This should be a straightforward repair from an endovascular approach, even with the larger sheath required for the covered stents. A purely endovascular approach is problematic for two reasons. One, cerebral protection devices are built for bare carotid stents and not peripheral stent grafts, but this is not prohibitive -it should be fine. Without a planned drainage, the hematoma would be left behind which could cause prolonged intubation and problems with swallowing -both an issue for an elderly patient battling lung cancer. Endovascular access could provide proximal control for an open attempt from above, but instrumenting from the arch in an 80 year old has a known 0.5-1% stroke rate.
A hybrid open approach with exposure at the carotid bifurcation offers several advantages. With control of the internal carotid artery, cerebral protection is assured while the carotid artery is manipulated. At the end of the procedure, the internal carotid can be backbled through the access site with the common carotid artery clamped. The hematoma could be avoided until the stent graft is deployed. An unprotected maniplation in the arch can be avoided. Once the stent graft is deployed, drainage of the hematoma can be performed.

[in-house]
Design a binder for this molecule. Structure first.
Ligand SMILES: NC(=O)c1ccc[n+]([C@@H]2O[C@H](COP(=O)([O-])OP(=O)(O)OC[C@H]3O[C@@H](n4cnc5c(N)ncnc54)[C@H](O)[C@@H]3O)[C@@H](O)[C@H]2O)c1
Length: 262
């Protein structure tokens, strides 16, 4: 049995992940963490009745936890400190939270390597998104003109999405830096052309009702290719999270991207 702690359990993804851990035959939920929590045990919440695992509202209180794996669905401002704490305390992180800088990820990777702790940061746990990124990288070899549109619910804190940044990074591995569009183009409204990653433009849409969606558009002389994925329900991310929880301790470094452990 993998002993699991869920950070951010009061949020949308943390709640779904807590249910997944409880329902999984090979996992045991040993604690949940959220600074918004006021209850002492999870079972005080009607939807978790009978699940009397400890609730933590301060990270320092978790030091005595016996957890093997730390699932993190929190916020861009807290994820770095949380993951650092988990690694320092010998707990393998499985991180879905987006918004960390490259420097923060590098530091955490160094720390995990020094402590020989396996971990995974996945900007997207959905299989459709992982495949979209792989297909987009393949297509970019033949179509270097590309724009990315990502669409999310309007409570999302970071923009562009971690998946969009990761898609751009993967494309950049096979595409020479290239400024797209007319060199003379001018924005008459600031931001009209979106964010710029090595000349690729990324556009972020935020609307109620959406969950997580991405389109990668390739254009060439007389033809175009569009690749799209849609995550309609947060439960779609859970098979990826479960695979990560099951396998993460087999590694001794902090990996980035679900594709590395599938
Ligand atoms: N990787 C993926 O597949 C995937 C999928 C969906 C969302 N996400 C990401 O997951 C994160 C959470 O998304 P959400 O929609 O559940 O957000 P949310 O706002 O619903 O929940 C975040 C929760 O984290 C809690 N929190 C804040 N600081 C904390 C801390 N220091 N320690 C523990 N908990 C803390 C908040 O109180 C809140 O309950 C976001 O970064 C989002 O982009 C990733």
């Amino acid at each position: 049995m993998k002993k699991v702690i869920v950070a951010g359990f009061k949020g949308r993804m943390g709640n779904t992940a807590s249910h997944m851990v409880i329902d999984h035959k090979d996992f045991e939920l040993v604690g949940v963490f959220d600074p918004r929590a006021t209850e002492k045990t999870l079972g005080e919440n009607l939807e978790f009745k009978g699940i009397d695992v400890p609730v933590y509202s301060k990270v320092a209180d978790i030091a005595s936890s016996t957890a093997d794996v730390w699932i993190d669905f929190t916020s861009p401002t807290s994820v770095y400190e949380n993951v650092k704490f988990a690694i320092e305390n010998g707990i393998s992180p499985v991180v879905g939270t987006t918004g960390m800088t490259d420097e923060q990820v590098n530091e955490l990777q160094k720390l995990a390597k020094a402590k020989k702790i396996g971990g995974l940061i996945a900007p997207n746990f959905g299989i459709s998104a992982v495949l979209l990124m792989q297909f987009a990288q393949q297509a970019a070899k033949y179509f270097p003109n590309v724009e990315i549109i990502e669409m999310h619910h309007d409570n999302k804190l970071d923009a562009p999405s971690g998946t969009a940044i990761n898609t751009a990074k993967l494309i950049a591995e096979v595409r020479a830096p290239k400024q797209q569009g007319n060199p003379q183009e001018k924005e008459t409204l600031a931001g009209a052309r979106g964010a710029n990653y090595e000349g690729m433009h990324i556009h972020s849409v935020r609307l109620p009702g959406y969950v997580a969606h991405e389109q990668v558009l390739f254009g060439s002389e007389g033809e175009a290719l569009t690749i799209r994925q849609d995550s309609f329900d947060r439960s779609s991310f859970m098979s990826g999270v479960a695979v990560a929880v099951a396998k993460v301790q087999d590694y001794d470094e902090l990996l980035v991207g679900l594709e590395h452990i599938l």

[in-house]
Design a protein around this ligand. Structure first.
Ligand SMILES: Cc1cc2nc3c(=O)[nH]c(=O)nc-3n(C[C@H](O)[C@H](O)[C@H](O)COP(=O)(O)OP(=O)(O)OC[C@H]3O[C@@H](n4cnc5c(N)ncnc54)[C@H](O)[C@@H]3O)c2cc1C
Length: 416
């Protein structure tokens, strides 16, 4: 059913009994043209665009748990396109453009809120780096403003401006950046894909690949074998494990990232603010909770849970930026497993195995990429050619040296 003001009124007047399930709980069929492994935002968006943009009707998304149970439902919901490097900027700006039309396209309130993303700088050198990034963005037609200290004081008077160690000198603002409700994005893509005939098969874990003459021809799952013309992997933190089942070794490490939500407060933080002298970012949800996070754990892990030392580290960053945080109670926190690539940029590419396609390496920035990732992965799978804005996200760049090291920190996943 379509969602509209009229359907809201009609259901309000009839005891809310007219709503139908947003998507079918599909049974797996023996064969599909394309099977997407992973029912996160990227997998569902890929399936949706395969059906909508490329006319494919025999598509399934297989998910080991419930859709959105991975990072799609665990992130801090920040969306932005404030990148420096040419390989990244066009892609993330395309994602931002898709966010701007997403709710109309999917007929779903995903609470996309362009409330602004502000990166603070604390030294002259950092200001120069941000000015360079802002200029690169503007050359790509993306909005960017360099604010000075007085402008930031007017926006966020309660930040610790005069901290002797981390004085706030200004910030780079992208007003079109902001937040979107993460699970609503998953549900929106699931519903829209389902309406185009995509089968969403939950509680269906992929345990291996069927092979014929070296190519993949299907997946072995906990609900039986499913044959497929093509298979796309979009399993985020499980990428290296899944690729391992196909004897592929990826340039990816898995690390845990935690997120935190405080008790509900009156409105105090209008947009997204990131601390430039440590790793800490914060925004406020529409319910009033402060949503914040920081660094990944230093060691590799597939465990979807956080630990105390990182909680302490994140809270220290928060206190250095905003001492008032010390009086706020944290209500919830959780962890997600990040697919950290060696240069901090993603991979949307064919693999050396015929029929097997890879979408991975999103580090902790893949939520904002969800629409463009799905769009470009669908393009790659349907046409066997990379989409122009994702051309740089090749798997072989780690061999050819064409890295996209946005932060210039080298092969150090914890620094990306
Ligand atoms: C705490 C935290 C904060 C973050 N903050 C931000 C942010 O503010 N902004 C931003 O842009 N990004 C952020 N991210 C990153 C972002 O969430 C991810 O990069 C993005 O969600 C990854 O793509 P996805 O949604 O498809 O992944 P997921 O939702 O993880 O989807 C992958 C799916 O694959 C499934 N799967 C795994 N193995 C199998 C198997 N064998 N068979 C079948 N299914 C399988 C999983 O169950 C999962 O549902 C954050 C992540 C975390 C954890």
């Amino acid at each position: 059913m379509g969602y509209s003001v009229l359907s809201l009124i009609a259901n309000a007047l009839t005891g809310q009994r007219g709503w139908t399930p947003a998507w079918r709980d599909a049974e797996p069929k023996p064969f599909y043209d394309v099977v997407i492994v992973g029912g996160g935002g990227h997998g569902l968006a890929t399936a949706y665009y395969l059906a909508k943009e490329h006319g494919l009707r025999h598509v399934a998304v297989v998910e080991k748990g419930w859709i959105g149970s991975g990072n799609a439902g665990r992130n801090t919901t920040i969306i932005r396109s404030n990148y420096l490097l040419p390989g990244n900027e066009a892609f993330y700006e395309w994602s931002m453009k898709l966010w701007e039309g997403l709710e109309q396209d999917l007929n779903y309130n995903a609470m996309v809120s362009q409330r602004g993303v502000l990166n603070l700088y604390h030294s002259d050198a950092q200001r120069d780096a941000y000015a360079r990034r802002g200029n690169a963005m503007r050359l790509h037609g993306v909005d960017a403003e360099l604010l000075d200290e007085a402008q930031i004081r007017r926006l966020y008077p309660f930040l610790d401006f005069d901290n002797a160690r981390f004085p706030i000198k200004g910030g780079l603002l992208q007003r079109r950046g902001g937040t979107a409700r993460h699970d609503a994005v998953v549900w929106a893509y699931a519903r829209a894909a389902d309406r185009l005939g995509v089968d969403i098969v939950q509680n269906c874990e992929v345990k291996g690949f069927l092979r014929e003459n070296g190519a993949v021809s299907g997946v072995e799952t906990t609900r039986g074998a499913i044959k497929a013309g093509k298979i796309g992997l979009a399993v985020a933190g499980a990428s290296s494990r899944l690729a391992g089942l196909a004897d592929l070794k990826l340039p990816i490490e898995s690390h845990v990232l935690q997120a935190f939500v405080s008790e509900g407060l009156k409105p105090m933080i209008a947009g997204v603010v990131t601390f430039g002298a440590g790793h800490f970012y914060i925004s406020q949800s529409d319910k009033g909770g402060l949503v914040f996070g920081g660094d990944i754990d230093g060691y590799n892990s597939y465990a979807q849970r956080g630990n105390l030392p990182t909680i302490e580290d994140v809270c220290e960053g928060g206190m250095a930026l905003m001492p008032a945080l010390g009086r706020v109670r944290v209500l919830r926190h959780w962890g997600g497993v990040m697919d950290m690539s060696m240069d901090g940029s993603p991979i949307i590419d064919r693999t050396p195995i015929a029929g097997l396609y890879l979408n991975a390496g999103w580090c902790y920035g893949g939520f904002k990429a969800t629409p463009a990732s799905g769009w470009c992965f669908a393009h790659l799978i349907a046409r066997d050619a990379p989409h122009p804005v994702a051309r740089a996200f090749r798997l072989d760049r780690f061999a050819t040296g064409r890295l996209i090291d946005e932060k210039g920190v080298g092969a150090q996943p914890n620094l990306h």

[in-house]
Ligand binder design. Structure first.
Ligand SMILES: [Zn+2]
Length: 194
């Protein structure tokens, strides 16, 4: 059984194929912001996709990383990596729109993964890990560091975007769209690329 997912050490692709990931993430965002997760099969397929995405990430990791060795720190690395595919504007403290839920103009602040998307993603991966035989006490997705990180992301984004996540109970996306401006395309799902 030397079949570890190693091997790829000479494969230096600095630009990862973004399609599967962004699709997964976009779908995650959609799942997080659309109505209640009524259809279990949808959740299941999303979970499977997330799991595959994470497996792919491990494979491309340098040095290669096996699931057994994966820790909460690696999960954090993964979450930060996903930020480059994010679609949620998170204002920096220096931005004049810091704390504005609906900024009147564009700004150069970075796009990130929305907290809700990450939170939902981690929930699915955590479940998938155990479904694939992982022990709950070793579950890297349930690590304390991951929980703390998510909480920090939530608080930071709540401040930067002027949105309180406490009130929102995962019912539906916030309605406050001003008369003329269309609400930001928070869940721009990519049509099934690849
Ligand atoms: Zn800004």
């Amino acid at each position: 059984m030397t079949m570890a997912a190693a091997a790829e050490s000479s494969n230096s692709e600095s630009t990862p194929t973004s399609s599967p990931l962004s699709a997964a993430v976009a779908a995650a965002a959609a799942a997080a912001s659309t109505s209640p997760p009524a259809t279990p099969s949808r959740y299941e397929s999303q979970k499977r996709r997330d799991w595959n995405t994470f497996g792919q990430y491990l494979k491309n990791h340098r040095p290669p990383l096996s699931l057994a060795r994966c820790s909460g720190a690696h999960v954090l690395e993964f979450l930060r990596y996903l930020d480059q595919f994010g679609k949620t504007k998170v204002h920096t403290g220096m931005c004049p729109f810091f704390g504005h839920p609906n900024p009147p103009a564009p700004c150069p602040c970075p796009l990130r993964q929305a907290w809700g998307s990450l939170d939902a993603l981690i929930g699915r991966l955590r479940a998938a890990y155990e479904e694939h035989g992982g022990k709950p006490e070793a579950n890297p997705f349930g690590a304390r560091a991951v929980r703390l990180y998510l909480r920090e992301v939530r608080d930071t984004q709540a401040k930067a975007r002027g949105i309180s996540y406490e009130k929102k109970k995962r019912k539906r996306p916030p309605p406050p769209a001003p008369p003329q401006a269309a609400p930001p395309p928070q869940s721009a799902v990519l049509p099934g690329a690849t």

This required setting up a table off the patient’s left that allowed the wire to lie flat to be manipulated by my right hand. The carotid bifurcation was accessed through a small oblique skin line incision and the common, internal, and external carotid arteries, which were relatively atherosclerosis free, were controlled with vessel loops. The patient was heparinized. The internal carotid was occluded with the loop, and the common carotid below the bifurcation was accessed and an 8F sheath with a marker tip inserted over wire. Arteriography showed the injury and pseudoaneurysm.